“Nicholas, as you know, you have not only become my best friend over these last few years, but a very good part of Marlborough Mill’s more recent success is driven directly by you. I don’t think I have ever thanked you enough for all you have done for the mills and for me. The Mills owe you a great debt, and so do I. I want to settle that debt, right now. I hope you are comfortable in gentleman’s clothes, because for your wedding present, I am giving you and Peggy a 15 percent partnership in all of Marlborough Mills. Nicholas, you are now an owner in the business and no longer an overseer. I have paperwork for you to sign,” John said, as he pulled a folded deed out of his coat pocket.
“Of course, this means that you have to come up with your share when we purchase Slickson Mills.” John smiled.
Silence hung in the air with disbelief. There was a pause, as everyone came to grips with what he had just announced.
“Nicholas, you are going to have to find a Higgins for us. Welcome to the land of property and the rank of a gentlemen. Thank you for everything. A toast: To Nicholas Higgins, now a partner in Marlborough Mills. Oh, here are your two tickets to the Chamber’s Ball coming in early spring.”
Everyone stood, except Higgins, and raised their glasses. He was so overcome with emotion, his eyes misted. Slowly he got to his feet and lifted his head toward John. His eyes were glassy, now. He lifted his champagne glass and everyone clinked their crystal together over the center of the table. Margaret, Mary, and Peggy had huge smiles on their faces, John had a broad smile on his face, and Nicholas was speechless.
John added, “No one deserves it more than you, my friend.”
John caught Margaret looking at him with the most endearing look on her face.
Nicholas cleared his throat, barely able to stutter out the words, “Master, I don’t know how to thank you for this. I am speechless; I mean, I really am speechless. Thank you, thank you very much from myself, Peggy and the rest of the family. How does one thank someone for giving them such a magnanimous gift as a partnership?”
“Nicholas, it is I who needed to say thank you. Not you. Things are going to change very rapidly for you. I have already set the paperwork in motion as you see here, so you better buy yourself a whole new gentlemen’s working wardrobe. And henceforth, you call me John, no matter who is around. No more Boss or Master. That title now belongs to you, too.”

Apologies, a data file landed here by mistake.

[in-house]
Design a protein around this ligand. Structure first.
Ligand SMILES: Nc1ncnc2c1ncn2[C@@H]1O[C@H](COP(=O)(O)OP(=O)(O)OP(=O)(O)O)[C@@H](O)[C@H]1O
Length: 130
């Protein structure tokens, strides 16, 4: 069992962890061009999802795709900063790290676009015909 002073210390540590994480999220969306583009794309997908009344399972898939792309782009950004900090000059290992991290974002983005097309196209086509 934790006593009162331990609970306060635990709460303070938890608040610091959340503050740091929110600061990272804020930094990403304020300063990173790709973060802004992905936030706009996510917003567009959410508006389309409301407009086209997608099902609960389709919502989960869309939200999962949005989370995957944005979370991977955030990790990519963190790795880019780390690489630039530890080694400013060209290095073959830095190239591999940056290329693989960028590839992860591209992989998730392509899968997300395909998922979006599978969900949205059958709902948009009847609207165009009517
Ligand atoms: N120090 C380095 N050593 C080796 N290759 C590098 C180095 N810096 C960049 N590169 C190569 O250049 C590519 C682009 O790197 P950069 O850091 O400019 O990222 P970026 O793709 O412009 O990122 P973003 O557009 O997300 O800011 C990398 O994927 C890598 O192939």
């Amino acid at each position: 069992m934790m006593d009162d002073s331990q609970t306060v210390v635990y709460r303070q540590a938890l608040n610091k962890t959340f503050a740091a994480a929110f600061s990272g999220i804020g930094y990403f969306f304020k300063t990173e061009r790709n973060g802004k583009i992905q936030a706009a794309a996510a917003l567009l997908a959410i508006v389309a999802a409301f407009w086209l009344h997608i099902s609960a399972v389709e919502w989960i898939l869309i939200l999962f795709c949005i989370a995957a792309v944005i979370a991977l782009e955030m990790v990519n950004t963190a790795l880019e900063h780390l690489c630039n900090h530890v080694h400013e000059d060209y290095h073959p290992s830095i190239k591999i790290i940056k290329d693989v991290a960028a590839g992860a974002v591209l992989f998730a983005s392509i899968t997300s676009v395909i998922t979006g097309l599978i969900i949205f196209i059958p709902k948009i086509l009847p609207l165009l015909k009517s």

Peggy leaned over and embraced Nicholas and turning to John, said, “Thank you from me, as well.” Mary kissed him on the cheek.
Margaret came to John’s end of the table. She looked up into his happy face as he looked down into hers. She was in awe of this man once again, the one who said he loved her. She looked into his face for a long time before finally saying, “John, that was the nicest, most sincere gesture I have ever seen. I am so proud of you for what you just did. As I’ve said in the past, there is no end of you. You gave Nicholas the respect he deserved at a great personal cost to yourself. That was a beautiful show of passion for your conviction and belief in him. You are passionate in more ways than one,” she said with a smile.
Margaret, you hardly know the beginning of my passion.
Little did anyone know that John was getting the better reward hearing her words of praise for him. He had wanted her love, but gaining her respect and having heard her say those words was another miracle in his life. He smiled down into her face, wanting to thank her lips for what they had just spoken.
Margaret, sensing the same feelings, quickly went to the other end of the table to hug Nicholas and Peggy. John followed her. John put his hand out to Nicholas who grabbed it with both hands, firmly. The men hugged each other like old friends, while the women did the same. The Professor walked to the end of the table, too, and offered his congratulations, saying, “You will have a large part in my book as well, but that was planned for you even before this great night.”
The evening eventually ended with Nicholas, once again, thanking John for everything. Margaret said goodbye to both of them. The Professor accepted a ride home with Nicholas, thus freeing Branson for the evening with his lady.
A sense of merriment mixed with pine scent, and holiday cheer filled the spirited evening. Now, being totally alone until dawn, John and Margaret settled into the comfort of enjoying each other’s company.